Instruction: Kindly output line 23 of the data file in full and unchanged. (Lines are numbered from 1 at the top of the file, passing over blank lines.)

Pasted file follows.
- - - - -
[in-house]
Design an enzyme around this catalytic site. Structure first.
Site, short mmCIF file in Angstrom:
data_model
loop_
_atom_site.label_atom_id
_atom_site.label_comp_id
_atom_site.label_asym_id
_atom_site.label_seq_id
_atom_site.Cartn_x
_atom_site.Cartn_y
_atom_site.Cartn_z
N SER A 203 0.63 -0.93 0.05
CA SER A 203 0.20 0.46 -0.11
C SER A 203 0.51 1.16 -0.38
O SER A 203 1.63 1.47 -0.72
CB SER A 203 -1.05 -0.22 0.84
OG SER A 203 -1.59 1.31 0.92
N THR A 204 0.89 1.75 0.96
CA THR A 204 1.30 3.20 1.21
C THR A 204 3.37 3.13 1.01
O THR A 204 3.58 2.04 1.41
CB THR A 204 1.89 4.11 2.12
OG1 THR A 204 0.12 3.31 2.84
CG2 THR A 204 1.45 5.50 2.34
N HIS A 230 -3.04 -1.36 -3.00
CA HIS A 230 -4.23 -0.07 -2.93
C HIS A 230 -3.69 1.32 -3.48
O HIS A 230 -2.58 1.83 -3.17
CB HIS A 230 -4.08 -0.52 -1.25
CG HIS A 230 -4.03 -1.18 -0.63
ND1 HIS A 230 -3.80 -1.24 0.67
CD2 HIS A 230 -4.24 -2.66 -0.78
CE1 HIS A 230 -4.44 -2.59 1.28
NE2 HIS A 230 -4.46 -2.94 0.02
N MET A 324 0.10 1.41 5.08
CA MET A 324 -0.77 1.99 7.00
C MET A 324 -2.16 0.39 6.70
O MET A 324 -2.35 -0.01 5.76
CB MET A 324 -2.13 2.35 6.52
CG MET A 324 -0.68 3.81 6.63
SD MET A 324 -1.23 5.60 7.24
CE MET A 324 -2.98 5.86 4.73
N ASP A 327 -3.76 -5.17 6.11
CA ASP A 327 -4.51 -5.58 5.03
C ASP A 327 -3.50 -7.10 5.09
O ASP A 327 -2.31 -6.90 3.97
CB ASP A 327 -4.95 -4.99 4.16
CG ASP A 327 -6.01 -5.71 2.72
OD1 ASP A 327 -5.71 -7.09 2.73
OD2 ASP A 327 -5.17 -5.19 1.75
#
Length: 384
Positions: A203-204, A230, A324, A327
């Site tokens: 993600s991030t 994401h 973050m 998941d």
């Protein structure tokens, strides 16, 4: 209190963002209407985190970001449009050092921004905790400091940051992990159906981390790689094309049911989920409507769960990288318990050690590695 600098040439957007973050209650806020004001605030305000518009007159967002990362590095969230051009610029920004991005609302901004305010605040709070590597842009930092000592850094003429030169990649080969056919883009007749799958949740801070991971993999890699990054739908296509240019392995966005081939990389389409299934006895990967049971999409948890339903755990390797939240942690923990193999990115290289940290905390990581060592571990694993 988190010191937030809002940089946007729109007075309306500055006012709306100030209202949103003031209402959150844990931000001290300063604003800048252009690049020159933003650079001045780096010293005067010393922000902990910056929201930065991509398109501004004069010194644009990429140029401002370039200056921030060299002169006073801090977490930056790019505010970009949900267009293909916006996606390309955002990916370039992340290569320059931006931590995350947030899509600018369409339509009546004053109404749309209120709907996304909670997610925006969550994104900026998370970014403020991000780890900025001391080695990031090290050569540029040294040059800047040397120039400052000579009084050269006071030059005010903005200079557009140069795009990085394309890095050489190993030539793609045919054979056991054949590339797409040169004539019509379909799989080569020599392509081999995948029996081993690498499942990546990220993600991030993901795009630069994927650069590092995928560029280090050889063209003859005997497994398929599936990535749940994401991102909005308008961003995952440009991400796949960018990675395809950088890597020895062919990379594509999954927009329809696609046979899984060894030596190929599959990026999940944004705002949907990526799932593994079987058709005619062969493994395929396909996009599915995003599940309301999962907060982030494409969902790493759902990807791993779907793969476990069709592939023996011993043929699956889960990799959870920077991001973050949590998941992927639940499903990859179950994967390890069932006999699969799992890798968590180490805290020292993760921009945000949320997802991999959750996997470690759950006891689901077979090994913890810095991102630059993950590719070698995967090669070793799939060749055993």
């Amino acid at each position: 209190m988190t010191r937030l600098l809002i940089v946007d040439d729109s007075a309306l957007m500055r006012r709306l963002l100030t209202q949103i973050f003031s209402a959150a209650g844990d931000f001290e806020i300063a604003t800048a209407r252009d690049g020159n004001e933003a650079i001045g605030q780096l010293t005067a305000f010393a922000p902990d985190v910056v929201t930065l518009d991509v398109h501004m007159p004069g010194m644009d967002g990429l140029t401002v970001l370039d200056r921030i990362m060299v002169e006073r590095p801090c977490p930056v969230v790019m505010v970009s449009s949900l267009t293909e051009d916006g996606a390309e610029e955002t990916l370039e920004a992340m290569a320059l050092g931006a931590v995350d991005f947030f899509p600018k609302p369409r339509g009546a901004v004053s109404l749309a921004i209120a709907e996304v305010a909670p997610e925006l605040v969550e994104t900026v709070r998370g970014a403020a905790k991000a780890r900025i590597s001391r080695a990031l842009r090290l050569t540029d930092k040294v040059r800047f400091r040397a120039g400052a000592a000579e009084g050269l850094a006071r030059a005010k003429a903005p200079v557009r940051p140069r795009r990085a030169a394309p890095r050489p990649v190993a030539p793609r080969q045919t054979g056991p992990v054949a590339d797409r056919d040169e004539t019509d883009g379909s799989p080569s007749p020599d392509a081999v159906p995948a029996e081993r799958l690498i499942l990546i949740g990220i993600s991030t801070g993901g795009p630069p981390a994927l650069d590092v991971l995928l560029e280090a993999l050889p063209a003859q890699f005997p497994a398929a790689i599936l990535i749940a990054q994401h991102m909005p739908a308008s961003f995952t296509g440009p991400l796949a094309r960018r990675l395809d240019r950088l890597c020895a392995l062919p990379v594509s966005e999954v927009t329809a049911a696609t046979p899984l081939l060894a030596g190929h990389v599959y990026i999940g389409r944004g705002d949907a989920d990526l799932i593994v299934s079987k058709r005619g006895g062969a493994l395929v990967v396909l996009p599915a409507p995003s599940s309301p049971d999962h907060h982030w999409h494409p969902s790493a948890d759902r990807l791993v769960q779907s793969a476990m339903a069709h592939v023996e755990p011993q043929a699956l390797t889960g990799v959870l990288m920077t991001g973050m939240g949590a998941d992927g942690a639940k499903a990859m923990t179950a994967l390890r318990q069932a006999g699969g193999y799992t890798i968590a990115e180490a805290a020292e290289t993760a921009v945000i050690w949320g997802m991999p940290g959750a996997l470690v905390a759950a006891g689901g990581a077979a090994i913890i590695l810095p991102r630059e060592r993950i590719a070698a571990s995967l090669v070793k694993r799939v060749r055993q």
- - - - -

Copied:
CB THR A 204 1.89 4.11 2.12